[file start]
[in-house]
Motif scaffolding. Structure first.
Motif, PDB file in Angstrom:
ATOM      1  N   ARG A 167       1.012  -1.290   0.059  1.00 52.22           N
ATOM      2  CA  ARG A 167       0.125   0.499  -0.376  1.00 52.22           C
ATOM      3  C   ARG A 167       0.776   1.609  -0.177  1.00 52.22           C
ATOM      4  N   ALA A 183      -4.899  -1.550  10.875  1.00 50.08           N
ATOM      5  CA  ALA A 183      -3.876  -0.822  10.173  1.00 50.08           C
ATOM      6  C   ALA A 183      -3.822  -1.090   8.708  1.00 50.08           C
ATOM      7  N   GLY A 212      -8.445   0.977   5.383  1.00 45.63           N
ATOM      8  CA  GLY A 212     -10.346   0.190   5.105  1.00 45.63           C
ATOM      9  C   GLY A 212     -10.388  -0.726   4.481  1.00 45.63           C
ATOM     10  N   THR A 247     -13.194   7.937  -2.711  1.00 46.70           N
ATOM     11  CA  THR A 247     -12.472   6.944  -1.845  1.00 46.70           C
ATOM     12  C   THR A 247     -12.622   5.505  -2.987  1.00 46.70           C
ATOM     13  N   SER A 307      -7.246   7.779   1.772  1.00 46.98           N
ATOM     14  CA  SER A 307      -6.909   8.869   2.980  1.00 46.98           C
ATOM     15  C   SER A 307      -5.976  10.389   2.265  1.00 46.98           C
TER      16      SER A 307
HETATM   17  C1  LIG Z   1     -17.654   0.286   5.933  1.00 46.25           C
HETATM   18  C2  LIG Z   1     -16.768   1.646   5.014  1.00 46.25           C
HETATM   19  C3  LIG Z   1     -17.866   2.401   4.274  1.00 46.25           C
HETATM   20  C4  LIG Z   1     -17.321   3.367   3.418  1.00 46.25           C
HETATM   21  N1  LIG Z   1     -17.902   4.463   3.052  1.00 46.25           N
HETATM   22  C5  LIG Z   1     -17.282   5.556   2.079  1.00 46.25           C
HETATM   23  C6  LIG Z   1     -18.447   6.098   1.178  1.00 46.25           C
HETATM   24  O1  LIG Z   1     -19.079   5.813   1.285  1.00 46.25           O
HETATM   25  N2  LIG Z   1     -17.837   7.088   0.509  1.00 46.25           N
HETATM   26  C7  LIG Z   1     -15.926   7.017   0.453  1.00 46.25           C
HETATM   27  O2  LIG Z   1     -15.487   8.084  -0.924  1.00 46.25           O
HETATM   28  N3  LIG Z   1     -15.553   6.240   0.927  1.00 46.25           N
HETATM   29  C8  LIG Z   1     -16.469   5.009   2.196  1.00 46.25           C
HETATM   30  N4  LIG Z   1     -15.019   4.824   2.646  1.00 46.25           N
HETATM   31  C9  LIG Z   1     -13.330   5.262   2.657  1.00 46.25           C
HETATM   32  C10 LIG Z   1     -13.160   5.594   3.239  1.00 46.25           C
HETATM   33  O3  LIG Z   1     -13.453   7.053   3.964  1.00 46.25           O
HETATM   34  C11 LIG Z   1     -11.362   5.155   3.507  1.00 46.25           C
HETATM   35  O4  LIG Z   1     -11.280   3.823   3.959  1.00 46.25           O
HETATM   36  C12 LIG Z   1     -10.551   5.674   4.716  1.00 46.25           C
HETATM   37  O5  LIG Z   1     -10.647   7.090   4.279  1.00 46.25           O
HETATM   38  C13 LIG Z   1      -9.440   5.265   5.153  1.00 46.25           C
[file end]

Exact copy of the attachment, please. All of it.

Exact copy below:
[in-house]
Motif scaffolding. Structure first.
Motif, PDB file in Angstrom:
ATOM      1  N   ARG A 167       1.012  -1.290   0.059  1.00 52.22           N
ATOM      2  CA  ARG A 167       0.125   0.499  -0.376  1.00 52.22           C
ATOM      3  C   ARG A 167       0.776   1.609  -0.177  1.00 52.22           C
ATOM      4  N   ALA A 183      -4.899  -1.550  10.875  1.00 50.08           N
ATOM      5  CA  ALA A 183      -3.876  -0.822  10.173  1.00 50.08           C
ATOM      6  C   ALA A 183      -3.822  -1.090   8.708  1.00 50.08           C
ATOM      7  N   GLY A 212      -8.445   0.977   5.383  1.00 45.63           N
ATOM      8  CA  GLY A 212     -10.346   0.190   5.105  1.00 45.63           C
ATOM      9  C   GLY A 212     -10.388  -0.726   4.481  1.00 45.63           C
ATOM     10  N   THR A 247     -13.194   7.937  -2.711  1.00 46.70           N
ATOM     11  CA  THR A 247     -12.472   6.944  -1.845  1.00 46.70           C
ATOM     12  C   THR A 247     -12.622   5.505  -2.987  1.00 46.70           C
ATOM     13  N   SER A 307      -7.246   7.779   1.772  1.00 46.98           N
ATOM     14  CA  SER A 307      -6.909   8.869   2.980  1.00 46.98           C
ATOM     15  C   SER A 307      -5.976  10.389   2.265  1.00 46.98           C
TER      16      SER A 307
HETATM   17  C1  LIG Z   1     -17.654   0.286   5.933  1.00 46.25           C
HETATM   18  C2  LIG Z   1     -16.768   1.646   5.014  1.00 46.25           C
HETATM   19  C3  LIG Z   1     -17.866   2.401   4.274  1.00 46.25           C
HETATM   20  C4  LIG Z   1     -17.321   3.367   3.418  1.00 46.25           C
HETATM   21  N1  LIG Z   1     -17.902   4.463   3.052  1.00 46.25           N
HETATM   22  C5  LIG Z   1     -17.282   5.556   2.079  1.00 46.25           C
HETATM   23  C6  LIG Z   1     -18.447   6.098   1.178  1.00 46.25           C
HETATM   24  O1  LIG Z   1     -19.079   5.813   1.285  1.00 46.25           O
HETATM   25  N2  LIG Z   1     -17.837   7.088   0.509  1.00 46.25           N
HETATM   26  C7  LIG Z   1     -15.926   7.017   0.453  1.00 46.25           C
HETATM   27  O2  LIG Z   1     -15.487   8.084  -0.924  1.00 46.25           O
HETATM   28  N3  LIG Z   1     -15.553   6.240   0.927  1.00 46.25           N
HETATM   29  C8  LIG Z   1     -16.469   5.009   2.196  1.00 46.25           C
HETATM   30  N4  LIG Z   1     -15.019   4.824   2.646  1.00 46.25           N
HETATM   31  C9  LIG Z   1     -13.330   5.262   2.657  1.00 46.25           C
HETATM   32  C10 LIG Z   1     -13.160   5.594   3.239  1.00 46.25           C
HETATM   33  O3  LIG Z   1     -13.453   7.053   3.964  1.00 46.25           O
HETATM   34  C11 LIG Z   1     -11.362   5.155   3.507  1.00 46.25           C
HETATM   35  O4  LIG Z   1     -11.280   3.823   3.959  1.00 46.25           O
HETATM   36  C12 LIG Z   1     -10.551   5.674   4.716  1.00 46.25           C
HETATM   37  O5  LIG Z   1     -10.647   7.090   4.279  1.00 46.25           O
HETATM   38  C13 LIG Z   1      -9.440   5.265   5.153  1.00 46.25           C